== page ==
- MyRepublic’s fixed line NBN plans come with the top three speed tiers as standard, which is 25/5, 50/20 and both the 100/20 and 100/40 Premium speeds.
- Special Gamer plans available, which are optimised for a more premium online gaming experience.
MyRepublic is still a relative unknown compared to the bigger telcos but offers some cheap naked DSL & NBN plans with cheap VoIP call packs thrown in if you so choose.
The below table features a selection of published MyRepublic NBN plans from Canstar Blue’s database, listed in order of cost from lowest to highest. Use our comparison tool to see plans from a wider range of providers. These are products with links to a referral partner.
iiNet VoIP Plans
iiNet offers its Netphone VoIP service with its residential NBN, VDSL2, cable and naked DSL plans, and it’s priced at $9.95 per month.
- Netphone comes with included calls to other Netphone numbers, along with local and standard national calls, while calls to Australian mobile numbers cost 29 cents per minute, which are billed in 30 second increments.
- International calls are from 5 cents per minute (with call inclusions varying plan by plan).
- Dependent on the contract, you can additionally purchase a VoIP international call pack for an additional $10 a month. This includes all calls to landlines in 20 different countries, including popular ones like the UK, New Zealand, Canada and the USA.
- For an additional $10 per month you can buy a VoIP Mobile Call Pack – this includes all calls to standard Australian landlines and mobiles.
iiNet’s VoIP plans come with no minimum term, although they are only available when bundled with an iiNet fixed line broadband service, and the broadband service may come with a minimum term.
Netphone works by plugging a standard phone into a VoIP-enabled broadband modem, or for those without a VoIP modem via a VoIP adaptor, ATA, device. Below are some iiNet plans you can expect to see bundled with a Netphone.
The below table features a selection of published iiNet NBN plans from Canstar Blue’s database, listed in order of cost from lowest to highest. Use our comparison tool to see plans from a wider range of providers. These are products with links to a referral partner.
Internode VoIP Plans
Internode is a subsidiary of iiNet and perhaps unsurprisingly has several broadband plans with the ability to add a VoIP service. Internode’s VoIP service is called the ‘Nodephone’ and Internode packages this service with many NBN plans.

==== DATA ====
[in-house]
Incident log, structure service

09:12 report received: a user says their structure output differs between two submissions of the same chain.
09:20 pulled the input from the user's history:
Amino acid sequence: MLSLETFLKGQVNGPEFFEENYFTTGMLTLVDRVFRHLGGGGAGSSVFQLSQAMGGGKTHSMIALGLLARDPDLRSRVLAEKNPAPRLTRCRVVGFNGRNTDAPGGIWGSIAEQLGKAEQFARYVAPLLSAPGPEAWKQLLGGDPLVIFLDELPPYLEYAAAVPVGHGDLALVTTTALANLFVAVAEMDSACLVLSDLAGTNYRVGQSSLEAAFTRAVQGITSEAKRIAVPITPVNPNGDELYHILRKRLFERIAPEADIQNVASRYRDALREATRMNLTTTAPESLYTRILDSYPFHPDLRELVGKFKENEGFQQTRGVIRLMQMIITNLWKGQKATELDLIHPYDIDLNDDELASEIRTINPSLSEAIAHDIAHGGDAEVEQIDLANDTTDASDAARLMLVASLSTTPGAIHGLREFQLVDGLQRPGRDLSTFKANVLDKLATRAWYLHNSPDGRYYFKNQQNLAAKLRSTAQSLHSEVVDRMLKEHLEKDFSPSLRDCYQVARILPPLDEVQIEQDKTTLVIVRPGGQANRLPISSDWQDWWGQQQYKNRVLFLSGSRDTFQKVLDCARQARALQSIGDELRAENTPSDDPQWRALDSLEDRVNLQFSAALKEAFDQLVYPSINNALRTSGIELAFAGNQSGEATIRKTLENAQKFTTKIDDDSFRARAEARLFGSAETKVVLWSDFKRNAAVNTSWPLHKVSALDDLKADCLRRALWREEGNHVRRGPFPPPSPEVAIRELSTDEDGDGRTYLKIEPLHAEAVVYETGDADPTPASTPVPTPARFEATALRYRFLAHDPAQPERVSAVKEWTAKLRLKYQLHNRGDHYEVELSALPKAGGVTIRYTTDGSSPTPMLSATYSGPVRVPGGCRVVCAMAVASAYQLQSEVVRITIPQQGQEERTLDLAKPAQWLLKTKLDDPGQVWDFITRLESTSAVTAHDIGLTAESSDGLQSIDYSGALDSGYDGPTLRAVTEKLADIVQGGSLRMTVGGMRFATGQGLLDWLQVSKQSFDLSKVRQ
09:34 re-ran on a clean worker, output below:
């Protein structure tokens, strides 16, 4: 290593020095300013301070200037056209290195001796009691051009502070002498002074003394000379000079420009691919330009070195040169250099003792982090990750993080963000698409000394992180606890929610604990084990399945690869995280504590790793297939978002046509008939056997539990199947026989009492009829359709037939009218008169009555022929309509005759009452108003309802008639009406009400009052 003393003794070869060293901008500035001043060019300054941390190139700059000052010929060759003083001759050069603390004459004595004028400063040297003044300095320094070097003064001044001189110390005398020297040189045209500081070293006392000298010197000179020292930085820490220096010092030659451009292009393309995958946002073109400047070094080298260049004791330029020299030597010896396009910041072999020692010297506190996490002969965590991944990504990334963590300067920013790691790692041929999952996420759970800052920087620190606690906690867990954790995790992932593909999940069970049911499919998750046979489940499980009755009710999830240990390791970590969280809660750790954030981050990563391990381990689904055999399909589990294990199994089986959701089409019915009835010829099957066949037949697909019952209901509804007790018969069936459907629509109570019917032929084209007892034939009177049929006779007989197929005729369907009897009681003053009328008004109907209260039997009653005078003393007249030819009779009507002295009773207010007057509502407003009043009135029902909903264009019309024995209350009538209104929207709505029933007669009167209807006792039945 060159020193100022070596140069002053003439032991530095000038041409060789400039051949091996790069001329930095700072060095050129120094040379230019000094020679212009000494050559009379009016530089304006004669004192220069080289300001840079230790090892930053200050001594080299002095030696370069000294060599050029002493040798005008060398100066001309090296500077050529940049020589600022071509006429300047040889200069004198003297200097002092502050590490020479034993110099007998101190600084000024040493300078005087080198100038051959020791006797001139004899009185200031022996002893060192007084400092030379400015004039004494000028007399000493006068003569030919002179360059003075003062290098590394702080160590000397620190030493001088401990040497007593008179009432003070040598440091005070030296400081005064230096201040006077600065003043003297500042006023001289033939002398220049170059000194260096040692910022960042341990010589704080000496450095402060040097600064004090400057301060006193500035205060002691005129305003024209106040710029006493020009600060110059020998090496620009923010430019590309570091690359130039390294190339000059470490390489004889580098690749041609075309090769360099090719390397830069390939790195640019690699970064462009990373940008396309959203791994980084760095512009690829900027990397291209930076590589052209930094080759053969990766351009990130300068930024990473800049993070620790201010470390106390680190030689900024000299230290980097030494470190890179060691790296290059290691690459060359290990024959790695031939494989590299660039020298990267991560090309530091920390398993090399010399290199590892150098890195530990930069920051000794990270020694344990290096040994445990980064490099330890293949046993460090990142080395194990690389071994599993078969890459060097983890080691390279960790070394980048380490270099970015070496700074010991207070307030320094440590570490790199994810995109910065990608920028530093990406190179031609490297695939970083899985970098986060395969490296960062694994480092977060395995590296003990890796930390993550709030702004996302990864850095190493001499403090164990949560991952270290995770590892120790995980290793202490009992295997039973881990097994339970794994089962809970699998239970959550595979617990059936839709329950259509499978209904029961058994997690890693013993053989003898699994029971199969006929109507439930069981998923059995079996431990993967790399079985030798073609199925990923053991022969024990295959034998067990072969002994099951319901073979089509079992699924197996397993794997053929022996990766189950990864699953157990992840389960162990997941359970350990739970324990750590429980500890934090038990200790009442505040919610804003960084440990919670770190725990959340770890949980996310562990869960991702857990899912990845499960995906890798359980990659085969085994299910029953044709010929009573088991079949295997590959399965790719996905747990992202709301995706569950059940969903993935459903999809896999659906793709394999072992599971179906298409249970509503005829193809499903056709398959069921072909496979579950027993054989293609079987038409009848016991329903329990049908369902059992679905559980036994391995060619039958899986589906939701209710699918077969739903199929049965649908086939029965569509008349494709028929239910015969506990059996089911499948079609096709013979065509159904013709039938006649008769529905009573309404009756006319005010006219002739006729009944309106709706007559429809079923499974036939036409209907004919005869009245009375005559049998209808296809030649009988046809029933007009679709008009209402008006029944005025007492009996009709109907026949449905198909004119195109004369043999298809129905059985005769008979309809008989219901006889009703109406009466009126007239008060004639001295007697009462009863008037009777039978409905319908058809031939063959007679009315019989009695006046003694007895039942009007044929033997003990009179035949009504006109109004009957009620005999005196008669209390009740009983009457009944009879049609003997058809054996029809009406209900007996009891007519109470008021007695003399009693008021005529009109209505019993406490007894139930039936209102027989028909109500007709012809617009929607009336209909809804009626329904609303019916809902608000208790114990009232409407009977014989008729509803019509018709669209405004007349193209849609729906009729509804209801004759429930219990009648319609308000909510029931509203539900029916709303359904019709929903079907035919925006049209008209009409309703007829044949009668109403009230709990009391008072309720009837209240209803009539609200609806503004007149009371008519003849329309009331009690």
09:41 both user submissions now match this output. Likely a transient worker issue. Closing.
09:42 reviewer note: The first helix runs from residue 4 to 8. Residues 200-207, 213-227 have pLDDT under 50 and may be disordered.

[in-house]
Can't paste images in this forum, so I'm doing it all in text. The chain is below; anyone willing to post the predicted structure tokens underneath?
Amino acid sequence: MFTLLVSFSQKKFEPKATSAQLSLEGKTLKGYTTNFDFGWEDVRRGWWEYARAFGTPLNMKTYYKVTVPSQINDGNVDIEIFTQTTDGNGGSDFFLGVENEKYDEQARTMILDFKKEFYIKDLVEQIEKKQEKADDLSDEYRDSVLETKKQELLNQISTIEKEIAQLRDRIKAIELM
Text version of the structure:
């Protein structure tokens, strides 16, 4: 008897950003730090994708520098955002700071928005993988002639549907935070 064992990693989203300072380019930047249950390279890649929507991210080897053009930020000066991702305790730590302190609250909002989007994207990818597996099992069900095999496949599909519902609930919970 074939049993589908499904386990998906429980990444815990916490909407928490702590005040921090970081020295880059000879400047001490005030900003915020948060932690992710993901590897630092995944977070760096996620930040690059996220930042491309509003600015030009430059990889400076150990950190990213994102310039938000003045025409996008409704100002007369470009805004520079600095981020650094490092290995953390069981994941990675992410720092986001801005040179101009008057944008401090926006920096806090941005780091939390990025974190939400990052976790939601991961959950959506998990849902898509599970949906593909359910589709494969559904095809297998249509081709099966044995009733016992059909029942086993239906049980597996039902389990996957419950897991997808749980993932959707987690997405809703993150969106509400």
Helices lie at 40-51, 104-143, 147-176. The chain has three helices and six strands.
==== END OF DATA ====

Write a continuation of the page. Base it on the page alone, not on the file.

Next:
- NodePhone plans start at $0 extra per month, which comes with PAYG rartes, while other plans can be had from $5 per month.
- Local and national calls are untimed and charged at 18c each. Mobile calls are 29c a minute while international rates start at just 15c/minute.
Internode may be a subsidiary of iiNet but what it offers is quite different. 250GB data can be had from under $60 a month, remembering that a NodePhone with credit can be bundled from an extra $5. Internode does not seem to offer any ‘packs’, rather relying on relatively cheap call rates to see customers through.
The below table features a selection of published Internode NBN plans from Canstar Blue’s database, listed in order of cost from lowest to highest. Use our comparison tool to see plans from a wider range of providers. These are products with links to a referral partner.
Exetel VoIP Plans
Exetel offers its own VoIP service, ExeFone, with all of its broadband plans. Under ExeFone plans, Exetel to Exetel calls are free, and if bundling a broadband service, the Exefone service is about $10 a month extra. For this customers get local, national, mobile and international calls to 10 countries included.
- Other international rates are available from as little as 1c a minute
Exetel already offers some cheap NBN and ADSL plans, with unlimited data plans across both NBN and ADSL offerings. NBN plans are offered on no lock-in contracts at the NBN 50 and NBN 100 speeds, with prices starting at $69.99 and going up to $89.99.
The below table features a selection of published Exetel NBN plans from Canstar Blue’s database, listed in order of cost from lowest to highest. Use our comparison tool to see plans from a wider range of providers.
iPrimus VoIP Plans